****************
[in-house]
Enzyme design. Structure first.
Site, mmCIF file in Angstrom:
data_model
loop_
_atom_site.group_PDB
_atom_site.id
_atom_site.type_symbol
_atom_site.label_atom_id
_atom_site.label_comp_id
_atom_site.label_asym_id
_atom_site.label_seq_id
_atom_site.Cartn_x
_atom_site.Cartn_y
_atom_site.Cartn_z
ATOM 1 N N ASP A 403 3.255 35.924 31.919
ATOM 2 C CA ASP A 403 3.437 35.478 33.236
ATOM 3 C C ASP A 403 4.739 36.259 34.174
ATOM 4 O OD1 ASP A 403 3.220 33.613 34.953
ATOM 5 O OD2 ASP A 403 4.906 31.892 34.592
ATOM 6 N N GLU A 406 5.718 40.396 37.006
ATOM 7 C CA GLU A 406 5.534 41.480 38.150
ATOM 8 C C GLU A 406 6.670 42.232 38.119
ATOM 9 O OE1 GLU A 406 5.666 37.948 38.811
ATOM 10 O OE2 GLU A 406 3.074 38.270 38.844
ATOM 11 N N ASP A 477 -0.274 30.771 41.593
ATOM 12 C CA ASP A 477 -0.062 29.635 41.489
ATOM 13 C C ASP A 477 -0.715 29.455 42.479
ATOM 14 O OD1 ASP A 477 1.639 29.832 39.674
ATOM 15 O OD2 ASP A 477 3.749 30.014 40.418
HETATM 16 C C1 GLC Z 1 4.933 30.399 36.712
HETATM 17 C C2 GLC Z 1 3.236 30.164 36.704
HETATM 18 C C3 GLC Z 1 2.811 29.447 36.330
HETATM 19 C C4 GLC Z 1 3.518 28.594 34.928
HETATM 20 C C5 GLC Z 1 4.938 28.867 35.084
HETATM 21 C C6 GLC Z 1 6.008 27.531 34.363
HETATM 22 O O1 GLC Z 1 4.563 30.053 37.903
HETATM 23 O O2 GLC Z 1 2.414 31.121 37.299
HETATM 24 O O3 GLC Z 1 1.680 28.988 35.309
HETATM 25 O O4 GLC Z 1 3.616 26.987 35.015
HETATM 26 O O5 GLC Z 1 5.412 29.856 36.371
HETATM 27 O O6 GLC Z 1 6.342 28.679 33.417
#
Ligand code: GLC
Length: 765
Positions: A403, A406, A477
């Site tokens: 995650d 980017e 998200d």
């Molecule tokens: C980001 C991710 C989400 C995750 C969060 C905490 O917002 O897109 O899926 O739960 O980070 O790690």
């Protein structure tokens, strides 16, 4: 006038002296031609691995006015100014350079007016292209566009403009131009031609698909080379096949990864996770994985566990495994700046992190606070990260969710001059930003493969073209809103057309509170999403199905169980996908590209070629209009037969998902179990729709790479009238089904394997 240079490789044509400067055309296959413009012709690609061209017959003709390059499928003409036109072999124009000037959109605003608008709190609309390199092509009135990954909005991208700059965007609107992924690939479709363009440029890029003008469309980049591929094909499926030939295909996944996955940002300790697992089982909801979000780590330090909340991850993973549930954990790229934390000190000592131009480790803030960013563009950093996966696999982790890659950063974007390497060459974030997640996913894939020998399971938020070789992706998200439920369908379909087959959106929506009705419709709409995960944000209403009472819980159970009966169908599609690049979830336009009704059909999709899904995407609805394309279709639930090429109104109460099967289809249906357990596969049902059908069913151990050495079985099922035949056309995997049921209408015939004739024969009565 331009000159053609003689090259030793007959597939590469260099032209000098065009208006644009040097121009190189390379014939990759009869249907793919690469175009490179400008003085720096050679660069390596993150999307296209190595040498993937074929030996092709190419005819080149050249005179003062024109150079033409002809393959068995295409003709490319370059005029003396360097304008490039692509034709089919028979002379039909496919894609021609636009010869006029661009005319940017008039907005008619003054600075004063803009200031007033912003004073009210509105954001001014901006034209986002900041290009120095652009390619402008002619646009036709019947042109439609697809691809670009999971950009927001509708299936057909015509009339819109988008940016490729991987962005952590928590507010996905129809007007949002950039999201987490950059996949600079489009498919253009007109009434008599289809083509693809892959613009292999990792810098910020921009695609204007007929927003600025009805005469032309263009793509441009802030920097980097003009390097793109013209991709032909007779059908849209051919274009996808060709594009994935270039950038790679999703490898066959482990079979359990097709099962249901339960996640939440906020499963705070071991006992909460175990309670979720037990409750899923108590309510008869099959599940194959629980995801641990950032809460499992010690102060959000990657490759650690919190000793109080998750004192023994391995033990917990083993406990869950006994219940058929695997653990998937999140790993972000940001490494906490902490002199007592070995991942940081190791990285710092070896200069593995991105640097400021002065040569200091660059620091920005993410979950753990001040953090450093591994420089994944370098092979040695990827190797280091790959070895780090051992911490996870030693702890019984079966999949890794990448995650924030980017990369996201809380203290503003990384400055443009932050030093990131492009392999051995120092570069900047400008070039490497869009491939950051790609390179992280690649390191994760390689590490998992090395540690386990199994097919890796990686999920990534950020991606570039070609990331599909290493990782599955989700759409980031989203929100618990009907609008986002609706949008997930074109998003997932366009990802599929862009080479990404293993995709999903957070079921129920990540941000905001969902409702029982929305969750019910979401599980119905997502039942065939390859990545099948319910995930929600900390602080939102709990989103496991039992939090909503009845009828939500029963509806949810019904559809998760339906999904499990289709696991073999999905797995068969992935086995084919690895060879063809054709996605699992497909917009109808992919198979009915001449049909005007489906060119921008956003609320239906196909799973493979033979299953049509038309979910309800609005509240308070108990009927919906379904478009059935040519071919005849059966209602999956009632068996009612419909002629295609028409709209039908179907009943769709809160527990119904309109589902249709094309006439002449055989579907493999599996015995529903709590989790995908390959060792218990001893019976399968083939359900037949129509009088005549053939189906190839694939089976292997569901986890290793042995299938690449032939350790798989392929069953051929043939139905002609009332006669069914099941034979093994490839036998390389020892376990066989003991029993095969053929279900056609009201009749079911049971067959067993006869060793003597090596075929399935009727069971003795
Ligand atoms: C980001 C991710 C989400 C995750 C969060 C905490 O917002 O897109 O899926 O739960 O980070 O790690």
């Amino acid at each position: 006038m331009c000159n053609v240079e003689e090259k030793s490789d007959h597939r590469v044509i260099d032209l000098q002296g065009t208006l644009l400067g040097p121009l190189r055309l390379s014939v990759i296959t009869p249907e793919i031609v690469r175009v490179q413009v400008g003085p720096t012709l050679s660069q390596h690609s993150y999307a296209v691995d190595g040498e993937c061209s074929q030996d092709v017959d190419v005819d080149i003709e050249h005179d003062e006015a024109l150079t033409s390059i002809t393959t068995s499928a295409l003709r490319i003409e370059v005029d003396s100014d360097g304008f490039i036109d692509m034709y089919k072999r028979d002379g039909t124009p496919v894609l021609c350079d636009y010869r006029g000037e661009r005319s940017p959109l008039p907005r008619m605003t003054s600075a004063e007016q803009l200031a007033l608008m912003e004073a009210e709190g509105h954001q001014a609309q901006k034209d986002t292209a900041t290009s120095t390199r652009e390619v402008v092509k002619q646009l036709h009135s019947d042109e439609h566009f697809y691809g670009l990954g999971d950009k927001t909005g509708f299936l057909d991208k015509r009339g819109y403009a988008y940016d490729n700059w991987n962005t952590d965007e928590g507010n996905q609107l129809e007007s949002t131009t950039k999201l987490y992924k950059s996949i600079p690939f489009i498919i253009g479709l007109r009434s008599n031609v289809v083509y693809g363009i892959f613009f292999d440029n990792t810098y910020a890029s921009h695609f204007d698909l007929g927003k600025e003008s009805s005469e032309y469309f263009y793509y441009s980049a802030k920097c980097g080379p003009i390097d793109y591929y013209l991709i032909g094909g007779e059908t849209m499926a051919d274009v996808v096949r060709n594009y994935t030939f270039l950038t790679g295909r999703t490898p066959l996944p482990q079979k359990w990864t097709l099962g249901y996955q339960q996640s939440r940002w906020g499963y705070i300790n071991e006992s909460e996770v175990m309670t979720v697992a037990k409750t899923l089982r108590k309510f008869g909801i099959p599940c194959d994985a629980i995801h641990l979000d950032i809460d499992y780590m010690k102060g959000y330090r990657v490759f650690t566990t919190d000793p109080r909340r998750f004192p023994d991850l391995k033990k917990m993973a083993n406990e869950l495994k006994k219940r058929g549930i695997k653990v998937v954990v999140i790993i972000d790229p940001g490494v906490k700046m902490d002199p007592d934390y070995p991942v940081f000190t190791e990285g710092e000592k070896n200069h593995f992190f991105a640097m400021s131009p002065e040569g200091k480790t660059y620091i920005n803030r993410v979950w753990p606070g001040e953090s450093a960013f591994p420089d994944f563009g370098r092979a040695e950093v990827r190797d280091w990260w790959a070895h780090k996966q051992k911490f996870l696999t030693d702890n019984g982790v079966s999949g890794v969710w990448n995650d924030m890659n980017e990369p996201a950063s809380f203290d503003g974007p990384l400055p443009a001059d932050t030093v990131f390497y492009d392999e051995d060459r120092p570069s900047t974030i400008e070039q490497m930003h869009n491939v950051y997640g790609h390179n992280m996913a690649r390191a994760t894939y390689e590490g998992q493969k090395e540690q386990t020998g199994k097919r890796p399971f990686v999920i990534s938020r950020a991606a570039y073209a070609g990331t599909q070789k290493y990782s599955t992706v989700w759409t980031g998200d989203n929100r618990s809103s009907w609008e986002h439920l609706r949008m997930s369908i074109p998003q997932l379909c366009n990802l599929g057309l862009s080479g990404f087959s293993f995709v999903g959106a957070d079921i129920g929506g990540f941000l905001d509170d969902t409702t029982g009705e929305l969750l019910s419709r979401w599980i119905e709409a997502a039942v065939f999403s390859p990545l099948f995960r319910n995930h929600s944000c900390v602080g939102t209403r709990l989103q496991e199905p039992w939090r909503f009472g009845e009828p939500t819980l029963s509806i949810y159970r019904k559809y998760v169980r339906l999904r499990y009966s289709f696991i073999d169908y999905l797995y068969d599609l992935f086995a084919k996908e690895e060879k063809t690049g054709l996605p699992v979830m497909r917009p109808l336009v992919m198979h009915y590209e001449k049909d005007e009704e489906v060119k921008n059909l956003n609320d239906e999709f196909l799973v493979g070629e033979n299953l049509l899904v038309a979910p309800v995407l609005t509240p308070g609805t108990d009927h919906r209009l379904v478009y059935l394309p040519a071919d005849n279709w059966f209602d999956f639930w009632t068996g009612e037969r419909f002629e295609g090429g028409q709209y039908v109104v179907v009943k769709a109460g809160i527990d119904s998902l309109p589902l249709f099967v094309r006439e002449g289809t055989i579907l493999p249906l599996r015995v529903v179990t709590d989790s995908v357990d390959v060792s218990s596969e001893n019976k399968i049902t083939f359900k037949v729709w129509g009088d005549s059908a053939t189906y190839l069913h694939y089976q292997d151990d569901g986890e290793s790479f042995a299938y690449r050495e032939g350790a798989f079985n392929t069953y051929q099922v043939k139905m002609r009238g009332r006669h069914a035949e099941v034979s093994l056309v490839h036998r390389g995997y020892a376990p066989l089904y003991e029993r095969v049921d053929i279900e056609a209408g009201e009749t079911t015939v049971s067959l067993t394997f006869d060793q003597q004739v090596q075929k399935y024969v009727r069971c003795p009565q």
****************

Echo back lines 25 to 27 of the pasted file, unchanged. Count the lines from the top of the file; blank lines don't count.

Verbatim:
ATOM 10 O OE2 GLU A 406 3.074 38.270 38.844
ATOM 11 N N ASP A 477 -0.274 30.771 41.593
ATOM 12 C CA ASP A 477 -0.062 29.635 41.489